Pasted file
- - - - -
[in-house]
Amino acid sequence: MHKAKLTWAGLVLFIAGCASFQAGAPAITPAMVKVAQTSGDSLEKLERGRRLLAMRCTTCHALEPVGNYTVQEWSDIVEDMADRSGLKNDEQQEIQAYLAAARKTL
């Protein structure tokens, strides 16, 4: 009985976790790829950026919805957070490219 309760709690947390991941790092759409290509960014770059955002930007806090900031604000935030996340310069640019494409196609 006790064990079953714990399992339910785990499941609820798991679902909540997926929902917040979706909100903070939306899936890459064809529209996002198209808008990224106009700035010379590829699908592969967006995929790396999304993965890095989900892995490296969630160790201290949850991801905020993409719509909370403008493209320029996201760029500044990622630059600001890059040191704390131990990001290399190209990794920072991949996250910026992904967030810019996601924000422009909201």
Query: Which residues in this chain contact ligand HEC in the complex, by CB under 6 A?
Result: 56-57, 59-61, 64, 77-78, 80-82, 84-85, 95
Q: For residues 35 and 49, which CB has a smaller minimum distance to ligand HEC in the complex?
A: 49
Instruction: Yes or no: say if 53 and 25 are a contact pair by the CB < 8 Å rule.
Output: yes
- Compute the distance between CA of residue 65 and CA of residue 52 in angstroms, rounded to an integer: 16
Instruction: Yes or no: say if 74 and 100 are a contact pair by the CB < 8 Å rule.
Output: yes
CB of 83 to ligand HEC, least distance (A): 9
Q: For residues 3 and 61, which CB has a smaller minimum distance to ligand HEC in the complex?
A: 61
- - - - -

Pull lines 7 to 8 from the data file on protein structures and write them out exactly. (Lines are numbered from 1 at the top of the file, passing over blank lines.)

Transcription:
A: 49
Instruction: Yes or no: say if 53 and 25 are a contact pair by the CB < 8 Å rule.